Through a counselor education framework establish by the Council for Accreditation of Counseling and Related Educational Program (CACREP) standards, the 48 credit M.S.Ed graduate program in Student Affairs and College Counseling is less than one of 20 national programs that are designed to prepare student affairs practitioners as educators and counselors, not administrators. Students learn entry-level skills to develop and manage supportive relationships with contemporary college students to foster their development and facilitate learning opportunities. Students will also learn the historical and philosophical ethos of student affairs as a helping profession and integrate developmental counseling theories into educational programs and interventions to promote student persistence towards graduation. Those enrolled in the program will also specifically learn counseling skills, crisis management techniques, career development theories, and are exposed to diversity issues and how student affairs professionals as social justice advocates can address historical, societal, and contemporary inequities within their practice.
The program is currently accredited by Council for Accreditation of Counseling and Related Educational Programs (CACREP). Students can earn national licensure (NCC) and eventually complete requirements for the Licensed Professional Counselor designation post-graduation.
The Student Affairs and College Counseling (SACC) program fosters a strong conceptual commitment to increasing awareness of the diversity of student populations and to social justice. Diversity and social justice concepts are specifically addressed across the curriculum and more intentionally within two specific courses entirely. The SACC program is dedicated to addressing the convergence of identity, gender, socioeconomic class, privilege, and culture.
To demonstrate this commitment, the Educational Counseling programs in school counseling and student affairs/college counseling also sponsor a precollege mentoring program entitled Monmouth Future Scholars. This program seeks to increase the number of college bound, first-generation students in Long Branch City Schools.
The field placement process is an integrative 700 hour supervised practice experience, distributed across several semesters and consisting of 3 individual placements. Each experience is connected to an academic course which includes supervision and addresses contemporary practice issues within higher education. Students will serve in capacities across the multiple functional areas within student affairs to demonstrate theory to practice.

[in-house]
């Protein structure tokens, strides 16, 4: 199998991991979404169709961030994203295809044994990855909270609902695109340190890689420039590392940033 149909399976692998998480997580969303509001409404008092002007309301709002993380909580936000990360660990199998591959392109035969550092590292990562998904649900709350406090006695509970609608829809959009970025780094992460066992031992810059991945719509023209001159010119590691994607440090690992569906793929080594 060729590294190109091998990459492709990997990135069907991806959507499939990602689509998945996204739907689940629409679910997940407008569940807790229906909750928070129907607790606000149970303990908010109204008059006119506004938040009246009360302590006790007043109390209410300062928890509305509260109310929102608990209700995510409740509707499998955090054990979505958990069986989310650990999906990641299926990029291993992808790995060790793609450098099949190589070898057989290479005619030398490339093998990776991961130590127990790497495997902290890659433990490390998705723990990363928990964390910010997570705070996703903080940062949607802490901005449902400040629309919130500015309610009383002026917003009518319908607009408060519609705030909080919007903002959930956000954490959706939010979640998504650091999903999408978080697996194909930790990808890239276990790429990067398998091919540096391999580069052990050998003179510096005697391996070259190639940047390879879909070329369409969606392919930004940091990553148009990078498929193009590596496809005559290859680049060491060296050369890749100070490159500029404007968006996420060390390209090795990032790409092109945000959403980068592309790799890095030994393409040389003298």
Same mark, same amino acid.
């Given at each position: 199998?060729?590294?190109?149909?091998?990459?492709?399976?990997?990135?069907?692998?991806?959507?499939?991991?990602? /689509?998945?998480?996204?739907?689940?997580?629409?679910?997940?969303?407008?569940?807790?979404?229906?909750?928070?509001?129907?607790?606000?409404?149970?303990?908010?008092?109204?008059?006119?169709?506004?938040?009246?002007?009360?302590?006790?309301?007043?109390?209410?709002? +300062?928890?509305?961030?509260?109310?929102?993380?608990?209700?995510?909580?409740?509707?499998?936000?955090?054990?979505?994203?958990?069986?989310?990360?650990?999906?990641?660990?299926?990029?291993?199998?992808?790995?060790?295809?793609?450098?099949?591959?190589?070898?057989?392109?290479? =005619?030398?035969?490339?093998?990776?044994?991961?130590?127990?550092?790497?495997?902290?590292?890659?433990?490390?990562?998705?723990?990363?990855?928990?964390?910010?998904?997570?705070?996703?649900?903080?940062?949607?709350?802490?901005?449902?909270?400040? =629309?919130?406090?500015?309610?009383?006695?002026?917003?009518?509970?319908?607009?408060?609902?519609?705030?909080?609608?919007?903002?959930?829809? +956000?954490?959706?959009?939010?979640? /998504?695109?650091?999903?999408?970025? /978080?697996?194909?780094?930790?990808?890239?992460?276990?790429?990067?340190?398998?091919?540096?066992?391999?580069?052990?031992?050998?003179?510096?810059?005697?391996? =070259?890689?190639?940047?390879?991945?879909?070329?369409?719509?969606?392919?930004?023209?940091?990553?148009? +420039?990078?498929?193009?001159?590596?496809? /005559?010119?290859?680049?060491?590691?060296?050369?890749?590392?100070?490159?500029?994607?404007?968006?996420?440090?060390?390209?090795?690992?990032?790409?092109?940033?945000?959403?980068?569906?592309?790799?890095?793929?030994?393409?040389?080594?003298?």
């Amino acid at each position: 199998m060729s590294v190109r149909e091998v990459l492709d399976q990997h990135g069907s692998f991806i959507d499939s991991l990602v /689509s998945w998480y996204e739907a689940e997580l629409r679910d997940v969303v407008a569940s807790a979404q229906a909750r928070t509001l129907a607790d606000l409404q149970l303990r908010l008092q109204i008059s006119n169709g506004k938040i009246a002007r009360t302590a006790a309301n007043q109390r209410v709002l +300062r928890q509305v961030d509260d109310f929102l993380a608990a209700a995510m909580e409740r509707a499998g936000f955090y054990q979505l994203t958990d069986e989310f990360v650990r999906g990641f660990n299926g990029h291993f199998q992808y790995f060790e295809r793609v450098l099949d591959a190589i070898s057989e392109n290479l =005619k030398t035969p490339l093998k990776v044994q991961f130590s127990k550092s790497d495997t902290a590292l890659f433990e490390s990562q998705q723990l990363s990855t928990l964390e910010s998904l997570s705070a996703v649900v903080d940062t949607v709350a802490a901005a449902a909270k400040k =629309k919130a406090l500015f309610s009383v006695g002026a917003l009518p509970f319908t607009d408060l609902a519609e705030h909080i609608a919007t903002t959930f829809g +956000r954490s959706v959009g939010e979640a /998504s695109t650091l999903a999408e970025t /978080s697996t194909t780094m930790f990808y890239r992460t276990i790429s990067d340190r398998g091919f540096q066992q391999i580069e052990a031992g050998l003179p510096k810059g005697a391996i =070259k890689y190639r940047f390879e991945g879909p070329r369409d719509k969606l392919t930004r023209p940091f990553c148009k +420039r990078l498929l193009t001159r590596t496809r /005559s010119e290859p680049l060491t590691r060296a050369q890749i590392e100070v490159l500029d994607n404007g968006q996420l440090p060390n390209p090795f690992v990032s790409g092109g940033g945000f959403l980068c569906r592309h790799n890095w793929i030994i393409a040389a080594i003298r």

These courses are EDC 600 and EDC 601-602B and require 100 and 300 hours respectively. Students are expected to select a placement within 2 functional areas across student affairs or college counseling such as academic advising and student activities. Some internships can be completed in the evening and at night at local partnering institutions at both the community college and university levels. Students can also participate in national summer exchange programs through NODA (orientation, first-year experience), ACUHO-I (residence life), and NACA (student activities).
Students are placed into internships by the Field Placement Coordinator in conjunction with program faculty and do not have to find their own internships. Students are expected to complete a portfolio based upon the ACPA/NASPA professional competencies upon the overall completion of their field experience.
A limited number of graduate assistantships are available at Monmouth University and an externship program associated with available positions at Georgian Court University, Ramapo College, and Felician College are available. Placements are not guaranteed and are facilitated through the site supervisors and not the program. Interested students should contact Dr. Pietro Sasso, Assistant Professor of Student Affairs and College Counseling.
Applications are accepted on a rolling basis through the summer, fall, and spring semesters. Students considering full-time study and looking for additional professional experiences through an externship should have a completed application by May 1. Interviews for these limited positions occur in late April and early May. To apply, please see the Office of Graduate Admissions.
View the 48-credit M.S.Ed. graduate program curriculum in Student Affairs & College Counseling.
For more information or questions about the Student Affairs & College Counseling Program please contact Dr. Pietro Sasso, Assistant Professor in Student Affairs/College Counseling.